Retail. Strong Easter sales have created positive analyst commentary in the past 3 days, based on the perfect storm of warm weather, easy comps, and the Easter shift into March. A sampling:
Needham: "most retailers will positively surprise"
Atlantic Equities: "we expect a number of earnings guidance raises."
Wedbush: "March traffic was consistently strong except week three" (storms)
Brean Murray: "probably the strongest month in recent memory for our group and the entire retailing universe"
Weak loan demand: the Achilles heel for banks? Wells Fargo made positive comments on big cap banks yesterday. Today Goldman Sachs raising price targets on a number of big-cap banks this morning, as well as upgrading KeyCorp , noting that "Liquidity stood out as the common theme with better than modeled deposit flows and increased ability to sell nonperforming assets."
All the big names are sitting at or near 52-week highs; the Bank Index (BKX) is up over 25 percent this year.
Here's the problem: while there are signs that nonperforming assets are levelling off, Goldman admits that:
"loan demand remains weak."
Not just weak, but down: loans are DOWN 3 percent year to date. That is not the direction we need to be going in.
Yikes! The Mortgage Bankers Association reported that 30-year fixed rate mortgages jumped a quarter point to 5.31 percent (!!) last week, the highest level level since August. Little wonder the volume of mortgage applications fell 11 percent.
1) Family Dollar rises 4 percent after its Q2 earnings and full-year outlook were above expectations. The discount retailer reported Q2 earnings of $0.81 (vs. $0.78 consensus) on improving margins and a 3.6 percent rise in same-store sales as a result of higher store traffic.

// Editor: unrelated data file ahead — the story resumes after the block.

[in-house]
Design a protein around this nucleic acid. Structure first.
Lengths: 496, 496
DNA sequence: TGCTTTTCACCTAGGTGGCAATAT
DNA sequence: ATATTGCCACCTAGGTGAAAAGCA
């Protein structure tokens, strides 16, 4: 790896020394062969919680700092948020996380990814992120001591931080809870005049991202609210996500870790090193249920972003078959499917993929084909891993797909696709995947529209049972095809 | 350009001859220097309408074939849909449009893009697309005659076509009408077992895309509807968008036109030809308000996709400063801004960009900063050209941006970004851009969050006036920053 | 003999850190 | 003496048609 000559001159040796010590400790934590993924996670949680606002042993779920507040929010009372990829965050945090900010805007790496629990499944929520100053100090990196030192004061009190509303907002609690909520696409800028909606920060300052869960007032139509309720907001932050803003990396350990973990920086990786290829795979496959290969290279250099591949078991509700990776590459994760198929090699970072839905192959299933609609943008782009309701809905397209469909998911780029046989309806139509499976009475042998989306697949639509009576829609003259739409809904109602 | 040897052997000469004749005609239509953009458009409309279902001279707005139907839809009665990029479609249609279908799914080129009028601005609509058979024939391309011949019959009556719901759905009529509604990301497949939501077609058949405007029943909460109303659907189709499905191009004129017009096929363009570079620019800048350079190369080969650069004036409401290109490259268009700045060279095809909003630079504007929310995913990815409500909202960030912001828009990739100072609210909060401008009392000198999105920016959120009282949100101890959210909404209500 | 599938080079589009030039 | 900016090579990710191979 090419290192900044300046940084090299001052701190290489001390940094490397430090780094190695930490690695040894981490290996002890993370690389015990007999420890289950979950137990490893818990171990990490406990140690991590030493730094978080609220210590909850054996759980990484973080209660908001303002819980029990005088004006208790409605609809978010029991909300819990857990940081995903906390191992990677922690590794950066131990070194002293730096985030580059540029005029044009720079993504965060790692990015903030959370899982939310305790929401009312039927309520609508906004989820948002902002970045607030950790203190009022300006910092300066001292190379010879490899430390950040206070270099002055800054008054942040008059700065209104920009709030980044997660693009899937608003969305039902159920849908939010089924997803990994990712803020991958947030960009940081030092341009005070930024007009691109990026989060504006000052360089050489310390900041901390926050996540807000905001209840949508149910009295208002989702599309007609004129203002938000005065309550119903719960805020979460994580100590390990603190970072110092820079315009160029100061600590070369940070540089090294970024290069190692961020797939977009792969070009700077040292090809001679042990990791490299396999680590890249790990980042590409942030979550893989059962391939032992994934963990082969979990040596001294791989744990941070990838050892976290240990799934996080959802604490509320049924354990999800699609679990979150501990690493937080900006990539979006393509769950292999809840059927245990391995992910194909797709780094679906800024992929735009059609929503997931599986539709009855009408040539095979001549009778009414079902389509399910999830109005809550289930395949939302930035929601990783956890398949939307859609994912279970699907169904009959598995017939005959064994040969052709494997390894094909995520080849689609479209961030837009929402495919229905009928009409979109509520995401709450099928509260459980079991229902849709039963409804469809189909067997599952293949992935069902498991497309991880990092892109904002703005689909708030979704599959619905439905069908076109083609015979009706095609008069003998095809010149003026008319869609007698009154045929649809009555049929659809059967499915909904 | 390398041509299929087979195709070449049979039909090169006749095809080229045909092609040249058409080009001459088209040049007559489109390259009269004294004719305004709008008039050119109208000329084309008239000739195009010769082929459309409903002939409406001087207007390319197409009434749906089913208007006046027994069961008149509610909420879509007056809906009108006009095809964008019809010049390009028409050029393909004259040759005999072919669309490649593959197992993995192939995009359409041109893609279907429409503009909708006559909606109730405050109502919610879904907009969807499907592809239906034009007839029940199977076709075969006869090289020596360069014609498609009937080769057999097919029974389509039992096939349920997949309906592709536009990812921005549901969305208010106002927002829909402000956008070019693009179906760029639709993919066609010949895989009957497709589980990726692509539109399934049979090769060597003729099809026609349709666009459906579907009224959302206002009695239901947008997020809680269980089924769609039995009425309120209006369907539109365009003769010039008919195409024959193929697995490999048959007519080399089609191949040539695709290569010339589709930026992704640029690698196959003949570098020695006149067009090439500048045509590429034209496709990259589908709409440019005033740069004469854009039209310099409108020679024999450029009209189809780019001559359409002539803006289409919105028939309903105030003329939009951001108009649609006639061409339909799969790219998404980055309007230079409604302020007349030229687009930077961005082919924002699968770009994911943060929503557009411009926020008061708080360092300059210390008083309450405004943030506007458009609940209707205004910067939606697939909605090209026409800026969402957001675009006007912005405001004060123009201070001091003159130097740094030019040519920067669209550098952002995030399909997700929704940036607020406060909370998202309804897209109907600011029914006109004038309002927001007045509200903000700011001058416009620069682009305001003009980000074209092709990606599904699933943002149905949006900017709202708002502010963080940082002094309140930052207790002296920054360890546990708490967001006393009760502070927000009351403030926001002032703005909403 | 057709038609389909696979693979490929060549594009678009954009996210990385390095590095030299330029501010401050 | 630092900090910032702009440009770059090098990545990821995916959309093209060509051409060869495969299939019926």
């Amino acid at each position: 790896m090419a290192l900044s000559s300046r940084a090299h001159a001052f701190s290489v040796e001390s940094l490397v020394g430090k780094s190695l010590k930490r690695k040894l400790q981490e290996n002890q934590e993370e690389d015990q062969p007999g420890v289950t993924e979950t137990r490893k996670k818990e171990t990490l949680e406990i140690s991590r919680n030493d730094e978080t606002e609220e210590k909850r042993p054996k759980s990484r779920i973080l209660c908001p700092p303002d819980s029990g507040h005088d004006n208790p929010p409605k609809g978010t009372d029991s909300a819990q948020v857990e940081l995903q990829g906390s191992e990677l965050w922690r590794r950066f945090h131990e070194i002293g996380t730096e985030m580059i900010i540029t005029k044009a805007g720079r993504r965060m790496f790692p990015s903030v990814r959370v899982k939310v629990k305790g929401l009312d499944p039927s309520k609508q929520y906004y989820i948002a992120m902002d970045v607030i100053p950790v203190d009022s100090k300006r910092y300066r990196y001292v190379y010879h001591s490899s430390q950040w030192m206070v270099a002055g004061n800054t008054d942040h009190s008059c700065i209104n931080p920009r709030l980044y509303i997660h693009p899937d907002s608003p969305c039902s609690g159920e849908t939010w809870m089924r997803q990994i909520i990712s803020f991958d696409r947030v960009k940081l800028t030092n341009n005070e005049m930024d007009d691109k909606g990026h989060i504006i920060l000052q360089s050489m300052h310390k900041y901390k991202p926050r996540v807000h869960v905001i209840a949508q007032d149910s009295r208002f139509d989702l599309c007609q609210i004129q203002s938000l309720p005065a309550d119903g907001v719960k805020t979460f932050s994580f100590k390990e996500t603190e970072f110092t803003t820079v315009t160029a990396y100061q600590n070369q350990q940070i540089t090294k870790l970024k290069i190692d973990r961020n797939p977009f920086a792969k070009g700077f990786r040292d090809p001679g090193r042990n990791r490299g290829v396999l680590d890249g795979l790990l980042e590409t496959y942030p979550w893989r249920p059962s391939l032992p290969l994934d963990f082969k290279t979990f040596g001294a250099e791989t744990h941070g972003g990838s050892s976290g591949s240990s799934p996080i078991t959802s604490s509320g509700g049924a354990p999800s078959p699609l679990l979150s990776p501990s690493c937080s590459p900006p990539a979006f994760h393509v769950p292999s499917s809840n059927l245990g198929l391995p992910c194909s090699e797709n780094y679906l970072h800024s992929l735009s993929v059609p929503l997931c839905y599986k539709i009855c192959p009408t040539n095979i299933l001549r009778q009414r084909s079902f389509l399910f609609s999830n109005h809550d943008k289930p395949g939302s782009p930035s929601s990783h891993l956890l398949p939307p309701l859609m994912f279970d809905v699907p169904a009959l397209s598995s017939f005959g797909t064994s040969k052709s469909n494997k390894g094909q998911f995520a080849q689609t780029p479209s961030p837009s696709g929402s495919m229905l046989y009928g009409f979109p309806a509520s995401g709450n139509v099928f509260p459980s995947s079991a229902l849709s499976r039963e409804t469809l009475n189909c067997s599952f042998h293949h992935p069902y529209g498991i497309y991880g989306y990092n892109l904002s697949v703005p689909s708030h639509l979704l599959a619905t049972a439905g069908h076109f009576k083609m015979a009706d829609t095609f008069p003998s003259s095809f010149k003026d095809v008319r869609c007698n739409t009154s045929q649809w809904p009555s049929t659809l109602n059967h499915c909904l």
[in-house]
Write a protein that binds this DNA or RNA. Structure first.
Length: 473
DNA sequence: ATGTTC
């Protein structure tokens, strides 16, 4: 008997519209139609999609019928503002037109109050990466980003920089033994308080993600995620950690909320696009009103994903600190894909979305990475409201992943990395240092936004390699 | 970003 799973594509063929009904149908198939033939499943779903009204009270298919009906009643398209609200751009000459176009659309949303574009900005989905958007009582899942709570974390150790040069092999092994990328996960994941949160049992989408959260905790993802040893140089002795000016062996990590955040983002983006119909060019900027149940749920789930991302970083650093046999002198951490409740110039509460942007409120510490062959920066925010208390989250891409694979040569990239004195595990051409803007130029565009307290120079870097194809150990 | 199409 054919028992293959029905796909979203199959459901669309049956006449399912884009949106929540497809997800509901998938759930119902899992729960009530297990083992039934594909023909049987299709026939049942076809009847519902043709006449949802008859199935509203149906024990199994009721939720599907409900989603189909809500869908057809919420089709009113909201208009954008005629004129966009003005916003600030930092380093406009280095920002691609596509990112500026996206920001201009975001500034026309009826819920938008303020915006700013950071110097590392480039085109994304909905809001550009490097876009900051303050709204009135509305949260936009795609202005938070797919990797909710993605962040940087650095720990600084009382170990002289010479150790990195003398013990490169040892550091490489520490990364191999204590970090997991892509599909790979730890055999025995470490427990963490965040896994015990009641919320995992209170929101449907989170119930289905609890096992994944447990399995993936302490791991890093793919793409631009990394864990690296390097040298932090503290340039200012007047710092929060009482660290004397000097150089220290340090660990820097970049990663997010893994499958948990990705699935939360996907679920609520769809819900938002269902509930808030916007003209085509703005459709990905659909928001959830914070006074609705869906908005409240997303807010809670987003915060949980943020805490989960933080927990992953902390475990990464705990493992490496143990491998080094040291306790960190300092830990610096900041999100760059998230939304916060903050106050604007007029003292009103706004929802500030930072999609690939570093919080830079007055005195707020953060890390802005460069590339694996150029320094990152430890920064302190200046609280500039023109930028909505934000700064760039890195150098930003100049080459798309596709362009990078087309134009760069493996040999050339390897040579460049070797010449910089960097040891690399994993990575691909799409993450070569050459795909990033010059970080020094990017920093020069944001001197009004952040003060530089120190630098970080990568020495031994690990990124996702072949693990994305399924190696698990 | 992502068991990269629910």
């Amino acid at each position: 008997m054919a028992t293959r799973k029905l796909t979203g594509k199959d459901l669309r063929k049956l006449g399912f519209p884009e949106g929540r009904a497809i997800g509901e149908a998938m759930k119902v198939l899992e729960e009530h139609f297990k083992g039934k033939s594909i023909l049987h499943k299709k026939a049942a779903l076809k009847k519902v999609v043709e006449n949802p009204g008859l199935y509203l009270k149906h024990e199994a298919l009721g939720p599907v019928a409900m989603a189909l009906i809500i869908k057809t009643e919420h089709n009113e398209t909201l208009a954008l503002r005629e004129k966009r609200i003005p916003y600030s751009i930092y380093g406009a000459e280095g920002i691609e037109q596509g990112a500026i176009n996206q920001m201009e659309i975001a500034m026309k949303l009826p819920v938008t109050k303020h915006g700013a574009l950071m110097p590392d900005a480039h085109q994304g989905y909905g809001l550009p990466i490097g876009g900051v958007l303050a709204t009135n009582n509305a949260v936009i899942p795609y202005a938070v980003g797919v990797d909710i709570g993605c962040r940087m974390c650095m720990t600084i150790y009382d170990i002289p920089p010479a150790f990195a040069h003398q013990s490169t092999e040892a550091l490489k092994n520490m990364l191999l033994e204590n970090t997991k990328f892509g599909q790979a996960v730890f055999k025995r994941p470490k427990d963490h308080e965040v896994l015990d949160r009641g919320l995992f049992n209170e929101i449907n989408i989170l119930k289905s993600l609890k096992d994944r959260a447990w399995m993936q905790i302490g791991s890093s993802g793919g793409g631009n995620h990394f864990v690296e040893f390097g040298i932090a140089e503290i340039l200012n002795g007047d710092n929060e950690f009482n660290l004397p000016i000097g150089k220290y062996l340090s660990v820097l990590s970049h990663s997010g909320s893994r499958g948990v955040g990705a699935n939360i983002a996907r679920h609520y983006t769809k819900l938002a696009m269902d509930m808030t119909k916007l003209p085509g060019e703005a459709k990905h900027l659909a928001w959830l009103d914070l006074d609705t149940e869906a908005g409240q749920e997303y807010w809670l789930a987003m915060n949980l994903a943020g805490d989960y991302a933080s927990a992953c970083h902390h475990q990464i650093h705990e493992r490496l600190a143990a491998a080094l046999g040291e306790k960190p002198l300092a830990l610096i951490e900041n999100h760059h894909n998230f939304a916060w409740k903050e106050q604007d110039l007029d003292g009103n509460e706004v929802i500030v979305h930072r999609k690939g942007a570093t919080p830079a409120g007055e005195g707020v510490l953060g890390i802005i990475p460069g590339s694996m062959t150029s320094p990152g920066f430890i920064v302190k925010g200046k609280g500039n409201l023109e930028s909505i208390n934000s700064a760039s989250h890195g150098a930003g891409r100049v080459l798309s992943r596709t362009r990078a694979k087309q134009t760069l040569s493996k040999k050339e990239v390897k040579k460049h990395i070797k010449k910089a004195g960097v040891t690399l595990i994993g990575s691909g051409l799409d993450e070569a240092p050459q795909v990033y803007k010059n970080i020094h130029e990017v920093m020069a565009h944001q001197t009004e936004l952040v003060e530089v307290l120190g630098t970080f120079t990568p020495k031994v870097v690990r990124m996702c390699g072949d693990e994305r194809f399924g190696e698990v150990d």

Earnings guidance for both the current quarter and full year exceeds the current consensus estimates too. The company sees comps rising 6 percent-8 percent this quarter, thanks in large part to a very strong start in March, when comps rose 11 percent.
Other retailers will report their March sales tomorrow morning, with optimism on the Street for strong comps.
2) CKE Restaurants (think Carls Jr., Hardees) rises 6 percent on word that it has received another offer, possibly leading to a potential bidding war for the company. The fast food giant had agreed to a $619 million deal with private equity firm Thomas H. Lee Partners pack in February. The bidder's name and terms of the new competing offer were not disclosed
3) Monsanto falls fractionally after Q2 earnings missed estimates ($1.70 vs. $1.73 consensus). As traders had expected, earnings were pressured by continued pricing pressures in herbicides, causing disappointing sales and lower margins.
Looking ahead, the seed provider warned that its full-year earnings would be towards the low end of a previously announced range and that it wouldn't meet its long-term goal of doubling profits over the 5 years ending in 2012.
4) Australian miner Macarthur Coal rejected a $3.27 billion raised bid by U.S. coal miner Peabody Energy saying it undervalues the firm. Unless Peabody raises its bid again, Macarthur will likely proceed with a shareholder vote on its own offer to acquire a smaller Australian miner Gloucester Coal.
5) Reality check: bank stocks have had a huge run this year, with the Bank Index (BKX) up 25 percent, but it's getting tougher to get outperformance...Dick Bove of Rochdale Securities, on our air this morning: "In the 1st quarter you are going to see weak loan volume, you are going to see stress margins, you are going to see continuous problems with the loan loss provision and i think you are even going to see problems with non-interest income, so this is not going to be a good quarter earnings wise"
Yesterday Wells Fargo upgraded the entire banking sector, citing "greater clarity on asset-quality trends, less fear of pending regulatory changes, and still-reasonable valuation for most of our coverage compared to "normalized" multiples."
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